By Theil, Stefan; Dickey, Christopher
German foreign relations
Schroder, Gerhard (German chancellor)--Public relations
Schroder, Gerhard (German chancellor)--International relations
Gerhard Schroder is feeling besieged. Every day he's trashed in the German media. At press conferences, he irritably lashes out at critics. His poll numbers are abominable--32 percent and sinking. Abroad, he's robbed Germany of nearly all clout with his count-me-out stance on Iraq and his near-total absorption with domestic crises. No one even tries to understand his policies. One week he raises taxes by 23 billion, soon afterward his chancellery "leaks" a paper calling for the exact opposite. As if he had nothing more important to do, he's suing two tiny regional newspapers for claiming his marriage is on the rocks. Woe betide them had they suggested he dyes his hair.
Few Germans can imagine this mess dragging on for the three and a half years left in his term. But it's their neighbors who are really getting concerned. Germany's troubles come at an inopportune moment for Europe. The global slowdown threatens its export-dependent economies. Its leaders are divided over everything from Iraq to the future shape of their newly enlarged Union. How to apportion power and decision making among so many members? Should there be a strong European president? Is inflation or deflation the greatest economic threat? With a stricken giant at its middle, Europe's answers to these problems will be very different than just a few years ago. What's more, its leaders now face another perplexing question--how will Europe manage a weak Germany and its aimless chancellor?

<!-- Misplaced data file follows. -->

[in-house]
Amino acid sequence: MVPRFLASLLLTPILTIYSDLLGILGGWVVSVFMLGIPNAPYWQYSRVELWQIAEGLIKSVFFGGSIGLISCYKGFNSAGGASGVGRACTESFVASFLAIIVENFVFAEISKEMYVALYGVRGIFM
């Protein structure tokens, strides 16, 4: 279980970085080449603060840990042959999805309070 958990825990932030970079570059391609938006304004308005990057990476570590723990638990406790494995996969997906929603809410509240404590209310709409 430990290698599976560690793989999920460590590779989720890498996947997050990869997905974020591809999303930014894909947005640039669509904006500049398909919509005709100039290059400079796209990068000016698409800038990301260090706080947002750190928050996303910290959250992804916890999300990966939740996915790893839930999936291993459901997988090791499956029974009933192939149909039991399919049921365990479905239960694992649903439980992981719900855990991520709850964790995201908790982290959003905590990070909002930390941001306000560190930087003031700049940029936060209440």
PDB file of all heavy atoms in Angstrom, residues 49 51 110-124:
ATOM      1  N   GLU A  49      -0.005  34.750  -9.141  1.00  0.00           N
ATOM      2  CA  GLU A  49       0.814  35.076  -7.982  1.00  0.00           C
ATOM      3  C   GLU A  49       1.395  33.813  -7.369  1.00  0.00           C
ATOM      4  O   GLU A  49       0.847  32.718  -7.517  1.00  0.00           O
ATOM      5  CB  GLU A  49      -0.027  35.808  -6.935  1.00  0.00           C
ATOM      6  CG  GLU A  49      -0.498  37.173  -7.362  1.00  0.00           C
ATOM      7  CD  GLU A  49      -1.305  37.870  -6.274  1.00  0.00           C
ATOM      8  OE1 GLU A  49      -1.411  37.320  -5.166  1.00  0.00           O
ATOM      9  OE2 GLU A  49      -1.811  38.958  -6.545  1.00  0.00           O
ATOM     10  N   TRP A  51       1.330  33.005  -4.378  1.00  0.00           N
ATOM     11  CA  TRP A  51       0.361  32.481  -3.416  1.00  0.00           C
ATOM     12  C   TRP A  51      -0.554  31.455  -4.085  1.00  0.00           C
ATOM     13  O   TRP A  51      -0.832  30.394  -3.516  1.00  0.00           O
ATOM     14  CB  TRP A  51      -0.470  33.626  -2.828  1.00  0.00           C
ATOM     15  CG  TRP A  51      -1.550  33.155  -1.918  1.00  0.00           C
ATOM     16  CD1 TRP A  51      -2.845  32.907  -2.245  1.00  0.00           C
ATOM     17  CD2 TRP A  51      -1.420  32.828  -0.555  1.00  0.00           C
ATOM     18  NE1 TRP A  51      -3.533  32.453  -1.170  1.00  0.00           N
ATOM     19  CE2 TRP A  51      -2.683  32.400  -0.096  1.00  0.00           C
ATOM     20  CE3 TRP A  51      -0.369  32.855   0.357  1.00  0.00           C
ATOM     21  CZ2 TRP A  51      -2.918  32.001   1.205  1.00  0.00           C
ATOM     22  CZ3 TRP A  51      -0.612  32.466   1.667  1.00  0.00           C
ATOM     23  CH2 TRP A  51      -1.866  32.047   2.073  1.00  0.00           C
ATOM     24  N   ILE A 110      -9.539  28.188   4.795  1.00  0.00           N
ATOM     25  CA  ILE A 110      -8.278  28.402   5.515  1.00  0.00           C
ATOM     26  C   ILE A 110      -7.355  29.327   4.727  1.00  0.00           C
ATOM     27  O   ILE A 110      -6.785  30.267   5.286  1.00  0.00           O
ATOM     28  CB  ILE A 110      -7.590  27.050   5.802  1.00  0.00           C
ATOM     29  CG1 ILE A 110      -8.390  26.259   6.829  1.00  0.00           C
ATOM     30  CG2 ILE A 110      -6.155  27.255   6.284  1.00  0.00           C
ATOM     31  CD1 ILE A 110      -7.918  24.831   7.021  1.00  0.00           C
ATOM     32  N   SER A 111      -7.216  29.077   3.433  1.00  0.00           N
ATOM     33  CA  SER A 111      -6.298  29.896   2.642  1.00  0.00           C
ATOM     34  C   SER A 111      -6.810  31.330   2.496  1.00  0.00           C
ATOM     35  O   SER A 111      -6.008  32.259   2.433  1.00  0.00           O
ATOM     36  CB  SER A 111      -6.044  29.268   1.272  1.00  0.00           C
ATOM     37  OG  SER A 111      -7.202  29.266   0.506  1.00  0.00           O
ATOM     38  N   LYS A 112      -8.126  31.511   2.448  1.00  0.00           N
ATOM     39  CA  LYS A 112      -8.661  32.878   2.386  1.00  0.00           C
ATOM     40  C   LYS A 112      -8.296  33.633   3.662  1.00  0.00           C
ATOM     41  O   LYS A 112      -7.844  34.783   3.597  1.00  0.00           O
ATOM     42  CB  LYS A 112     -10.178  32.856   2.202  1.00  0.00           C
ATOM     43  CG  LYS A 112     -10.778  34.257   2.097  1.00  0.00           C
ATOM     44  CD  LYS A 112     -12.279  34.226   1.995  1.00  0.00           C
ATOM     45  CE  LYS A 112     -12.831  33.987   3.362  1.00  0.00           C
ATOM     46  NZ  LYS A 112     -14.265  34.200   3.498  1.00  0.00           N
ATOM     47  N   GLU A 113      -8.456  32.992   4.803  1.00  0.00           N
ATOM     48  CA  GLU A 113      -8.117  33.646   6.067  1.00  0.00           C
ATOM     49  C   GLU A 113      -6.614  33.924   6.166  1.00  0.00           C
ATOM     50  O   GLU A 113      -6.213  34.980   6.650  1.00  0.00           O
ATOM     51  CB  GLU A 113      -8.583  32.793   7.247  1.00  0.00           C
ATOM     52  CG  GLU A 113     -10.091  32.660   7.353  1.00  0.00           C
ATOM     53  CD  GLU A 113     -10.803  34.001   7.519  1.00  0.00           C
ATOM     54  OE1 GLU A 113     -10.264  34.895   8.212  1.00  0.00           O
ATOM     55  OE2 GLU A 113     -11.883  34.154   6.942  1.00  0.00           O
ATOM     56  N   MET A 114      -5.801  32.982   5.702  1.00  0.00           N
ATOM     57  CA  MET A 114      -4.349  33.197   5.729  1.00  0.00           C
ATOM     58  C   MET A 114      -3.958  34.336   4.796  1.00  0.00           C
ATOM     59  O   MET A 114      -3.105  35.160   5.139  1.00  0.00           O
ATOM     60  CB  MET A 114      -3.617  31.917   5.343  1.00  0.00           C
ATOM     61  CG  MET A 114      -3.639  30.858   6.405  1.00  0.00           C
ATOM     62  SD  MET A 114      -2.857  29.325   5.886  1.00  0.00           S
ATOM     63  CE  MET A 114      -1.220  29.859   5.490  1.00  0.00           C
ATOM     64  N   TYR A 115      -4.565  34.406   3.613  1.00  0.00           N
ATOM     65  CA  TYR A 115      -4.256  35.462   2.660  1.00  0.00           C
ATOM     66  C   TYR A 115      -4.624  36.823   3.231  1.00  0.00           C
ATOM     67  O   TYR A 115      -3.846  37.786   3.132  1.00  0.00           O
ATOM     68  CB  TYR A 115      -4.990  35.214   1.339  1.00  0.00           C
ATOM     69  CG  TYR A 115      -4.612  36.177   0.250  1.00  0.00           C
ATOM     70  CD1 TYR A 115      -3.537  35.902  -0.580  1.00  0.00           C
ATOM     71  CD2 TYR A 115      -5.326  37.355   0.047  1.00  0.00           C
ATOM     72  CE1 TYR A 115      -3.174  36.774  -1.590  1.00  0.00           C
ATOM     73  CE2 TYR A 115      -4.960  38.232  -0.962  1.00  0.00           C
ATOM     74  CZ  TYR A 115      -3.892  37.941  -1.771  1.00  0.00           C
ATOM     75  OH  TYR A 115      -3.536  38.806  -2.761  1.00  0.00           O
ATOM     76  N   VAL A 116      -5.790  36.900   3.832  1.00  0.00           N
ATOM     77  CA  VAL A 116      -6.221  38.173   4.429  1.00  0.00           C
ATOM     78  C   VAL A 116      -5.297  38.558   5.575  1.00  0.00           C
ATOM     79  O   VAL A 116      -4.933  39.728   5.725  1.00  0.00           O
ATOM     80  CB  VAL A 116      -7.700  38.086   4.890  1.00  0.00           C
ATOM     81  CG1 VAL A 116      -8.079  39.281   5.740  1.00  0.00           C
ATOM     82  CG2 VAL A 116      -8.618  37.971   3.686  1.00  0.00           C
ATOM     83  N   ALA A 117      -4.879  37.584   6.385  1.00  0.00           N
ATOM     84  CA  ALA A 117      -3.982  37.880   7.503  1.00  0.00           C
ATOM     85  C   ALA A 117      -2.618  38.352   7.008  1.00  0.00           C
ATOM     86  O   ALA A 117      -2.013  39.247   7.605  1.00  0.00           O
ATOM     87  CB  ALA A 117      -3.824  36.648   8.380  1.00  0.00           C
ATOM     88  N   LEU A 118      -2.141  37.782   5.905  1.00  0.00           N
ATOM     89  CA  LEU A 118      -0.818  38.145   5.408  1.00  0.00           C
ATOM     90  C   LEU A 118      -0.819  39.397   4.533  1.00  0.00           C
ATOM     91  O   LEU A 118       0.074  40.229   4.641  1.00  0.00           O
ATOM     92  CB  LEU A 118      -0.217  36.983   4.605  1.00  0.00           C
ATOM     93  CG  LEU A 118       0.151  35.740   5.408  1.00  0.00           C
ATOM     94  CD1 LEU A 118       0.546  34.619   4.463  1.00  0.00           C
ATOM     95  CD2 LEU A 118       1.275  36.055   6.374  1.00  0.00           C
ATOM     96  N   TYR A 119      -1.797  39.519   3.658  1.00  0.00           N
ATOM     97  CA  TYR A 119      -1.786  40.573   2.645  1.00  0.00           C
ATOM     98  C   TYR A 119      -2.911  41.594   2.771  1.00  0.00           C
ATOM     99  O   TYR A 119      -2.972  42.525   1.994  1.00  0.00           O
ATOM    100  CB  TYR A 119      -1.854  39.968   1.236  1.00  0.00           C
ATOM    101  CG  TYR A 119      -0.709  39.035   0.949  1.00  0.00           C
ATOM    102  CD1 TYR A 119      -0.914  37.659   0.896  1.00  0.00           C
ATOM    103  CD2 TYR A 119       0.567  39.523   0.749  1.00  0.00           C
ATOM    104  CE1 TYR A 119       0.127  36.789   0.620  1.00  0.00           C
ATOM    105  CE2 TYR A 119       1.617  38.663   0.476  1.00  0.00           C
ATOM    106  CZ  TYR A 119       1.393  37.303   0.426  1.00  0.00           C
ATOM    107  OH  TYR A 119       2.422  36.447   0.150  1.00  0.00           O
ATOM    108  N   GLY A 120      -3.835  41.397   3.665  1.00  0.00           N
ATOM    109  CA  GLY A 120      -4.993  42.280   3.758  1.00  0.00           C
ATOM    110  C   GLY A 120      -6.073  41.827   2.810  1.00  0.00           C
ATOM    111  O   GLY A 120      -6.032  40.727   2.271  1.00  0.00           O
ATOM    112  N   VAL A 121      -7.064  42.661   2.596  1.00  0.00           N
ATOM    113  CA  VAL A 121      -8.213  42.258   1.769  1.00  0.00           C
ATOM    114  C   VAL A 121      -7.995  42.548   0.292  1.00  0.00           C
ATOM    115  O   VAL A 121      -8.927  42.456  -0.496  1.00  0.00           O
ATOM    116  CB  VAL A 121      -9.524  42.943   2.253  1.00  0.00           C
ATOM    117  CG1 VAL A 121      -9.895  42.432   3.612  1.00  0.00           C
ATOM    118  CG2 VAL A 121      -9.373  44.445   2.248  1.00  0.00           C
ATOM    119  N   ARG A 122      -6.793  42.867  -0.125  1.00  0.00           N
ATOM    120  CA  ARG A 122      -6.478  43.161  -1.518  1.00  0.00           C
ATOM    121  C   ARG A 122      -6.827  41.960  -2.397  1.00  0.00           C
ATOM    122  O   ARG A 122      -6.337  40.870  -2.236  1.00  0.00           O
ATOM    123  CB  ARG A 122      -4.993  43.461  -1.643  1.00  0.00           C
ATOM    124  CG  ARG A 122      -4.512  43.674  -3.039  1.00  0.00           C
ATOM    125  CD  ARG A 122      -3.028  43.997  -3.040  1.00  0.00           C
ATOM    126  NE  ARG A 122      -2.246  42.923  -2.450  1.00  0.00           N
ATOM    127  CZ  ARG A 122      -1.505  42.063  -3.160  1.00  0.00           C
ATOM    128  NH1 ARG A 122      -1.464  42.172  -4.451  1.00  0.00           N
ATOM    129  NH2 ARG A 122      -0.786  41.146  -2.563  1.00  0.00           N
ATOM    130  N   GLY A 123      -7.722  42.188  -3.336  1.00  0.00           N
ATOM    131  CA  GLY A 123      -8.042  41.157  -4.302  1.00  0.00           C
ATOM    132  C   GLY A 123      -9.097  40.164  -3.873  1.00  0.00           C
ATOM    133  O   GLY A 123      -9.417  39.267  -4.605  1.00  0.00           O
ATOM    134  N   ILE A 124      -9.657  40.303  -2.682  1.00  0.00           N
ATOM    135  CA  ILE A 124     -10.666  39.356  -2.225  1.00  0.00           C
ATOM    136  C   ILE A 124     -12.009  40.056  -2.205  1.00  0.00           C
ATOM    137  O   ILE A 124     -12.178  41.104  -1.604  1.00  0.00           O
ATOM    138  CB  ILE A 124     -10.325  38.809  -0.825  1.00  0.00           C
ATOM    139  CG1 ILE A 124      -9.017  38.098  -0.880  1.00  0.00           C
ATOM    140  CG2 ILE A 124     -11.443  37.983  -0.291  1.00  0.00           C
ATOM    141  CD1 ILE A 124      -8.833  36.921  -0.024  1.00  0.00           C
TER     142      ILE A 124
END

The consequences of Germany's weakness are only just dawning on Europe. For starters, consider its ultimate vision of itself as a United States of Europe. German Foreign Minister Joschka Fischer flew to Brussels last week to reiterate Berlin's demand for a strong central authority to lead the EU. He was promptly rebuffed by Britain's Deputy Foreign Minister Denis MacShane, who ridiculed the proposal as calling for a "kaiser" to rule over Europe. Neither France nor Britain wants to transfer more power to Brussels; each prefers to negotiate European policies individually, among national governments. For years Germany has carried the torch for a federal Europe-- and by virtue of its sheer size and economic strength, it has largely prevailed. But can it continue to do so now that yesterday's European "locomotive" has become its caboose? "Germany's weakness means the chances for the old model of ever-closer union are rapidly deteriorating," says Holger Schmieding, chief European economist for the Bank of America in London. The prospect, he says, is a Europe that increasingly closely resembles "a glorified free-trade area."
That's likely to also doom what's called, in Eurospeak, the Common Foreign and Security Policy. For decades, European leaders have dreamed of speaking with a single voice. Their cacophony of conflicting opinions has hampered Europe's ability to stand up to the United States in times of crisis. Iraq is but the latest case in point. For many Europeans, it's bad enough that Prime Minister Tony Blair aligned Britain with George Bush so unequivocally. But when Schroder unilaterally ruled out Germany's involvement in a war--under any circumstances--he sacrificed European foreign policy to his own domestic interests. Once again, Europe's voice is fractured and weak.
France now speaks for Europe, more than does Germany. …